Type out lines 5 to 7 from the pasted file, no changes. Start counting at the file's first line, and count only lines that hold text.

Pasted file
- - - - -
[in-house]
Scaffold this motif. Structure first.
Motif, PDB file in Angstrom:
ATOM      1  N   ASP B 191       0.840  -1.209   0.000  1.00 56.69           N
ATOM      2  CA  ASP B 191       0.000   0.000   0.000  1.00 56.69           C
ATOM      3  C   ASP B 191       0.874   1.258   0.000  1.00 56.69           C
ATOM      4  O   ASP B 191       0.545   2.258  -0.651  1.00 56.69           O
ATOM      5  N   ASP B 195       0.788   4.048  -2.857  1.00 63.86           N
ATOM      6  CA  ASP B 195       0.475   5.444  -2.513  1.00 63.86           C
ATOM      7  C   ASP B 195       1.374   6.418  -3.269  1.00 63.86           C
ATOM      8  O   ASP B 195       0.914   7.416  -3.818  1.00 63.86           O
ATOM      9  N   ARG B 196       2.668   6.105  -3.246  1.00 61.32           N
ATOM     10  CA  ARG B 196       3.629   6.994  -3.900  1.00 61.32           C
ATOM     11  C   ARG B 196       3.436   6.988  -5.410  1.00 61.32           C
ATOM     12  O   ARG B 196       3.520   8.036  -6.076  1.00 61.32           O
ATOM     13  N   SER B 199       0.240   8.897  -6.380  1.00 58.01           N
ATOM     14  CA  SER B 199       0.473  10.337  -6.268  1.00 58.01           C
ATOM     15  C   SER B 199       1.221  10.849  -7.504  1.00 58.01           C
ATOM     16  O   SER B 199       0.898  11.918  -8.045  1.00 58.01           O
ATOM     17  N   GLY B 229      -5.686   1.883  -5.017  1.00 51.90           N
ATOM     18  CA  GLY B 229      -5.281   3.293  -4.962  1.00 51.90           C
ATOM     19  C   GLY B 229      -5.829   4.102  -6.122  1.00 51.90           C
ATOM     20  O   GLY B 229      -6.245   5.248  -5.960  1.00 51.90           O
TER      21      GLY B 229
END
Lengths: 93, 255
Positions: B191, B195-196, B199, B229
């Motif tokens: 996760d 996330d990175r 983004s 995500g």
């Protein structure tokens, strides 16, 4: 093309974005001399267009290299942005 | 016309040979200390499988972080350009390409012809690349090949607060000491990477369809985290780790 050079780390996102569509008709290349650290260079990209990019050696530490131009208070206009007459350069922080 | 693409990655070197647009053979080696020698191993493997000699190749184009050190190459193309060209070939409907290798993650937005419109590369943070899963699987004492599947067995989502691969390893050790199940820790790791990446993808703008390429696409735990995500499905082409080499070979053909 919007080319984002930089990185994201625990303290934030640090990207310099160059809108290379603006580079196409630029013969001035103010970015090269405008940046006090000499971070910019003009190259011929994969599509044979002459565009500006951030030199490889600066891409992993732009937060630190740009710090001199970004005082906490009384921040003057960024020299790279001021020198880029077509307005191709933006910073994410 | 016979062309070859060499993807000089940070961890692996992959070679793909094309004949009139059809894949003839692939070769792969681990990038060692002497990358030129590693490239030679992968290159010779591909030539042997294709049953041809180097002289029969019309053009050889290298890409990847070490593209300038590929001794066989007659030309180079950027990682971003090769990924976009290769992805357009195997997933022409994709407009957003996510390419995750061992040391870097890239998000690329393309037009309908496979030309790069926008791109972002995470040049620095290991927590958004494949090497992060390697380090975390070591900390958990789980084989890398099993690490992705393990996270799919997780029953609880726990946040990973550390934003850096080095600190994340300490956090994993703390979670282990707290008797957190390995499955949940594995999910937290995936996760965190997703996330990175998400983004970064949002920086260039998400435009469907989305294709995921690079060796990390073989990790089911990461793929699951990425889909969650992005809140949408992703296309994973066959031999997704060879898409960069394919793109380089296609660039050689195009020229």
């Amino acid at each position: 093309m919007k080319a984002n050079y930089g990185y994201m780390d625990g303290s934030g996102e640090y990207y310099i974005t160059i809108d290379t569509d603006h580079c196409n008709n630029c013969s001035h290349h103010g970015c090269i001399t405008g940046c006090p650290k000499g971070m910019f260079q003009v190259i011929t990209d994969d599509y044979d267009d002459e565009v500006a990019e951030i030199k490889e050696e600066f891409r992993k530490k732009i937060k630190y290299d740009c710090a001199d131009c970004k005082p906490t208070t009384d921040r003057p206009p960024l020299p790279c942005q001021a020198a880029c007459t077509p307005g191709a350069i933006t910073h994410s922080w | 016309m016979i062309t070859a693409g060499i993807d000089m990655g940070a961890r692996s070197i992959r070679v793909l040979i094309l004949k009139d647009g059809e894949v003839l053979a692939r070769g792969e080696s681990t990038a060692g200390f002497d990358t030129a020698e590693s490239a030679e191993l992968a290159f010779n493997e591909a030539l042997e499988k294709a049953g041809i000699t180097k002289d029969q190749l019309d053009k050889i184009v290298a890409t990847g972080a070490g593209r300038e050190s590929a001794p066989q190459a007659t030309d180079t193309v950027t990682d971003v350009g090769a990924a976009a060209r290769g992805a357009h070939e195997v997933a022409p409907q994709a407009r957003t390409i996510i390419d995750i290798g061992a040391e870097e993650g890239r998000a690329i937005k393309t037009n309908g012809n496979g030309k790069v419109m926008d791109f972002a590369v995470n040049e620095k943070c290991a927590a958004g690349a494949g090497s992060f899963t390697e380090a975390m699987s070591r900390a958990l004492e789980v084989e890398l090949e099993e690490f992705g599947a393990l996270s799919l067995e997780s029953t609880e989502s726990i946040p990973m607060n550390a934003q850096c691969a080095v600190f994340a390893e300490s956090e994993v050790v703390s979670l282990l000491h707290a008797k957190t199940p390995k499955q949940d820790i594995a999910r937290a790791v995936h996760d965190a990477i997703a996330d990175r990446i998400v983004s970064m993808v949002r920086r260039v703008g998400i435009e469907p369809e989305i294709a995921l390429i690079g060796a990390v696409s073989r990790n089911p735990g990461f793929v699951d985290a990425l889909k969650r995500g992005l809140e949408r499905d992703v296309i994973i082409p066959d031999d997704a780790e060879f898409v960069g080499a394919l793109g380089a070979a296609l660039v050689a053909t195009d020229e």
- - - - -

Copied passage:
ATOM      2  CA  ASP B 191       0.000   0.000   0.000  1.00 56.69           C
ATOM      3  C   ASP B 191       0.874   1.258   0.000  1.00 56.69           C
ATOM      4  O   ASP B 191       0.545   2.258  -0.651  1.00 56.69           O